finding balance

February 27, 2013

Do you wish there were more hours in the day to get things done? Are you finding it hard to fit everything you "must" do and everything you "want" to do into a day, week, or even a month? I have to tell you, you are not alone. 

Lately I have found myself lost in the minutia at work. To do lists and reminders aren't enough to hone it all in. By the end of the day I am pretty much done with thinking (kaput!) and I wind up home, alone, watching tv and drowning out all of the noise. The next day I wake up thinking..."Why didn't you spend last night doing something productive?" "Why didn't you do something you always complain there's no time for...a creative project...get back into yoga...blog on jl...cook a new recipe...read a good book? The list goes on and on, but I just sit and sit.  

So, how do you go about finding balance and making the best use of your time? This is what 2013 is going to be all about for me, and since I have a year to work at it, this post is about finding a place to start. 

First, let's talk about why life balance is so important and how the meaning can be different for each person.  Maintaining a healthy life balance benefits your mood, well-being, productivity, and can aid in both personal and career success. By identifying what achievements in life (family, career, social life, fitness, etc.) are most important to you, and focusing on how you can improve each, you can make changes (even small ones) that are very meaningful in that pursuit. Maybe you are doing a few things really well, but other areas need more attention? Maybe there are some things you need to let go of or learn to say "NO!" to in order to give others more room to grow? However the path to life balance may look, the trick will be finding fulfillment without feeling overwhelmed or out of control. The good news is...once you feel balanced, you will know how to keep it and maybe even fight for it. You'll know immediately when things feel a "little off" and make small changes to get back on track.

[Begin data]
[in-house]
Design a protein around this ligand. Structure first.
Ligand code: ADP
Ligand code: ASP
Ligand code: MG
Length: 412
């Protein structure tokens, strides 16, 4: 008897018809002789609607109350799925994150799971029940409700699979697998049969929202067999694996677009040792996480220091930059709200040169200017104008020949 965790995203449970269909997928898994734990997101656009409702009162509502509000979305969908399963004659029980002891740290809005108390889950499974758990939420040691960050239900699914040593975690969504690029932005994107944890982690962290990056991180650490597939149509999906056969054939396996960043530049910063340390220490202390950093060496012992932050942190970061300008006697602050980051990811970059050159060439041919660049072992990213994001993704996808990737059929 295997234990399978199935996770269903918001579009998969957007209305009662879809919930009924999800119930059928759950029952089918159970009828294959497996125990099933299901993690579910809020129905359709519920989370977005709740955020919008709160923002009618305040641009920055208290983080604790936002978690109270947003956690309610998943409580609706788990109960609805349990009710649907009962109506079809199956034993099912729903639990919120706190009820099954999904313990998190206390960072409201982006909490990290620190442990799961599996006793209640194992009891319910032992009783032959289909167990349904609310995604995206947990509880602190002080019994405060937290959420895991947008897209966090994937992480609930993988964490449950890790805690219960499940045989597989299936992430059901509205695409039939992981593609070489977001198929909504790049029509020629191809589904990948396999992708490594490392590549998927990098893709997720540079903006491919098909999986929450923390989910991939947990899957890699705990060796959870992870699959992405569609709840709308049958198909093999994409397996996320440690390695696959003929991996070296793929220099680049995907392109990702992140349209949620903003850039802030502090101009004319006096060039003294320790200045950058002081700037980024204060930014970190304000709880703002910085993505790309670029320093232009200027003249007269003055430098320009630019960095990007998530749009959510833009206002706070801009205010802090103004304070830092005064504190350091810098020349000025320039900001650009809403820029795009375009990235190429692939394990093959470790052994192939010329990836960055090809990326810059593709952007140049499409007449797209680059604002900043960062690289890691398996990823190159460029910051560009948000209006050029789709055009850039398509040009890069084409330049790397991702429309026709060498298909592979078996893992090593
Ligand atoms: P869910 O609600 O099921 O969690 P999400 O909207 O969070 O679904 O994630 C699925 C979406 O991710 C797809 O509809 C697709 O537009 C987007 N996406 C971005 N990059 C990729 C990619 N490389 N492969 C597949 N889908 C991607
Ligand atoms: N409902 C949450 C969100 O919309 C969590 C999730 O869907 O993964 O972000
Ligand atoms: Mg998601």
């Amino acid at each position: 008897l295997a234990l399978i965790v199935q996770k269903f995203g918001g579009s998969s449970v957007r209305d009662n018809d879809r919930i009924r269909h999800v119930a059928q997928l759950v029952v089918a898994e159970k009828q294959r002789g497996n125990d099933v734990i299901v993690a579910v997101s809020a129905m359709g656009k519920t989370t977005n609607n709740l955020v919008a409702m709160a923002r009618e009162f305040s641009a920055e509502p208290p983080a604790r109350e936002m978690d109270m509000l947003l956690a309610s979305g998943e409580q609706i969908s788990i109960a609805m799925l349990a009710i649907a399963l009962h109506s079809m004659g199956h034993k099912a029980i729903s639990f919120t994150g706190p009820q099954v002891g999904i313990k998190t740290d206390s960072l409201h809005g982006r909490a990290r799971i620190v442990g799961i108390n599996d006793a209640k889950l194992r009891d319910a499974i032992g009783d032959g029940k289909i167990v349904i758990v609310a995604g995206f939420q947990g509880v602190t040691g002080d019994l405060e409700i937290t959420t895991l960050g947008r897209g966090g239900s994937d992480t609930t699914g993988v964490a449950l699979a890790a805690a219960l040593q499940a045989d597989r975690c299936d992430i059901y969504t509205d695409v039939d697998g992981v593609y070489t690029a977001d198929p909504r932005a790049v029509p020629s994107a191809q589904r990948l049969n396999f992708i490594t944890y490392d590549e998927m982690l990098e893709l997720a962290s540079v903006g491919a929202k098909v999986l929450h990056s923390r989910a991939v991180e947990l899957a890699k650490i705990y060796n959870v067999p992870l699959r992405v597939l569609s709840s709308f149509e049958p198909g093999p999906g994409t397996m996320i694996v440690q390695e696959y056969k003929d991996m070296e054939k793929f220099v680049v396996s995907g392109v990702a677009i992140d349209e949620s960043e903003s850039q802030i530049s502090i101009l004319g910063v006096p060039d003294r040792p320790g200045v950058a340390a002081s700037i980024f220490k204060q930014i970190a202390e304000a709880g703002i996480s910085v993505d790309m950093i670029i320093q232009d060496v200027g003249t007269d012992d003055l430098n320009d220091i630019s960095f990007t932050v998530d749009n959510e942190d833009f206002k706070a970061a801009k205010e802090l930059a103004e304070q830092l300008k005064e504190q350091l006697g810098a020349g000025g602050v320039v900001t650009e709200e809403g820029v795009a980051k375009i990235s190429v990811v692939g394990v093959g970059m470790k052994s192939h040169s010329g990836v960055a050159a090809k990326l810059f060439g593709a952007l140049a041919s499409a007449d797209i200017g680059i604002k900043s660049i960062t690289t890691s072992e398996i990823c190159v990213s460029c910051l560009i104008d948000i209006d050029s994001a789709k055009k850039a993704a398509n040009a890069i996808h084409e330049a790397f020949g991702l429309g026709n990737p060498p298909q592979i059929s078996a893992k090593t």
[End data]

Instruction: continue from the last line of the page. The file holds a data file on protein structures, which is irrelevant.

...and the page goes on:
So...here I am...feeling off balance. Fully admitting that I am not paying enough attention to areas of my life that overall benefit me greatly. While I could throw myself full force into everything I feel I am lacking (tried that!), this approach usually leads to more and more stress. Trying to improve everything all at once is overwhelming. Instead, taking stock and seeing the bigger picture will help me to approach things gradually. (Baby steps!) This is where the "Life Wheel" comes into play. 

The Life Wheel is a tool often used by professional life coaches to help clients determine 6-8 aspects of life they find most important and then assess how fulfilled they feel in each. This exercise not only allows you to see which areas may need improvement, but it helps to identify and enforce areas of success! 

A few nights ago I completed my Life Wheel. My 8 important areas included Career, Finance, Health, Family & Friends, Romance, Personal Growth, Social/Fun, and my Environment. After filling in my satisfaction with each, here is what I found. 


Now, imagine the edges of the wheel are defined by the edge of each shaded area. How bumpy would that ride be? I have a feeling that at some point, this wheel would just stop turning. And THAT, my friends, is a clear sign of imbalance.